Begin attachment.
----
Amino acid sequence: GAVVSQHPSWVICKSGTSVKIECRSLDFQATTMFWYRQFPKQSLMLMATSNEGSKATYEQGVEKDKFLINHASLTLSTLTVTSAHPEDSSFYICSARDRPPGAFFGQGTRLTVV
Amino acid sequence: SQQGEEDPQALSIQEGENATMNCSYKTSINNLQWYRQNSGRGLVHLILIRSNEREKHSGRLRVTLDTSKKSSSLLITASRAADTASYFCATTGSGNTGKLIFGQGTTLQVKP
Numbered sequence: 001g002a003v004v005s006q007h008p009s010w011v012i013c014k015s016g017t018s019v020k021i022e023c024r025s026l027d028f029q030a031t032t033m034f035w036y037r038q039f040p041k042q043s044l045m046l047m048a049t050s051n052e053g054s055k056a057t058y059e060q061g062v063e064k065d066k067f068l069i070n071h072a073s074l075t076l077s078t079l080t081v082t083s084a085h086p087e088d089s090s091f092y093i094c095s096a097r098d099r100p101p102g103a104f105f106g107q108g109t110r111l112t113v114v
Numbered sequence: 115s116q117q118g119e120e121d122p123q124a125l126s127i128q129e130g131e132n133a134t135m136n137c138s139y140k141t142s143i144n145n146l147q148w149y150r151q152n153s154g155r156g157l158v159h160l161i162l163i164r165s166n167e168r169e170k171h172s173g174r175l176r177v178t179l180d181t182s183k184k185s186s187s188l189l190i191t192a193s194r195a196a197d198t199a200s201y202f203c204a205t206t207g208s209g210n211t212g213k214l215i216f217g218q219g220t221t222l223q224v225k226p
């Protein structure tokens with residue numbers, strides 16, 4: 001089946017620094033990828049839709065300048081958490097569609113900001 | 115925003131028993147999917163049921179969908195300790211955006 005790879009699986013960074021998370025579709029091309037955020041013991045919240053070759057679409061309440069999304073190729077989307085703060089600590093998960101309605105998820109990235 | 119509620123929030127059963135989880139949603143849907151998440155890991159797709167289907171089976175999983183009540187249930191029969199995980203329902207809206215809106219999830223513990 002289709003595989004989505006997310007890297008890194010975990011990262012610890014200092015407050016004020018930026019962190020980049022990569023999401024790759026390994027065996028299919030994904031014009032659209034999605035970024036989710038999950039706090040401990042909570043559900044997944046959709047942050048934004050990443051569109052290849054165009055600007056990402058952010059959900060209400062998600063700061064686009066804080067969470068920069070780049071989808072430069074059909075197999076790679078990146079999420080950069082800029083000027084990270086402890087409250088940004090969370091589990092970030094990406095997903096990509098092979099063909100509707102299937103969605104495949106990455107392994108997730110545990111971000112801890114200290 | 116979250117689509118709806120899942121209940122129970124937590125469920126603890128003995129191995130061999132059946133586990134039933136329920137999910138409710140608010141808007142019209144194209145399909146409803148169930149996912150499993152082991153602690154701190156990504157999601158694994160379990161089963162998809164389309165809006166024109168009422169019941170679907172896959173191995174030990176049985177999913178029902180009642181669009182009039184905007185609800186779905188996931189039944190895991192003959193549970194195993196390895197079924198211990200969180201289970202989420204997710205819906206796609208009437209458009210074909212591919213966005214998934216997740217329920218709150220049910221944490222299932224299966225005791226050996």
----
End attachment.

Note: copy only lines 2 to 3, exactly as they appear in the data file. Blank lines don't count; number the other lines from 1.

Amino acid sequence: SQQGEEDPQALSIQEGENATMNCSYKTSINNLQWYRQNSGRGLVHLILIRSNEREKHSGRLRVTLDTSKKSSSLLITASRAADTASYFCATTGSGNTGKLIFGQGTTLQVKP
Numbered sequence: 001g002a003v004v005s006q007h008p009s010w011v012i013c014k015s016g017t018s019v020k021i022e023c024r025s026l027d028f029q030a031t032t033m034f035w036y037r038q039f040p041k042q043s044l045m046l047m048a049t050s051n052e053g054s055k056a057t058y059e060q061g062v063e064k065d066k067f068l069i070n071h072a073s074l075t076l077s078t079l080t081v082t083s084a085h086p087e088d089s090s091f092y093i094c095s096a097r098d099r100p101p102g103a104f105f106g107q108g109t110r111l112t113v114v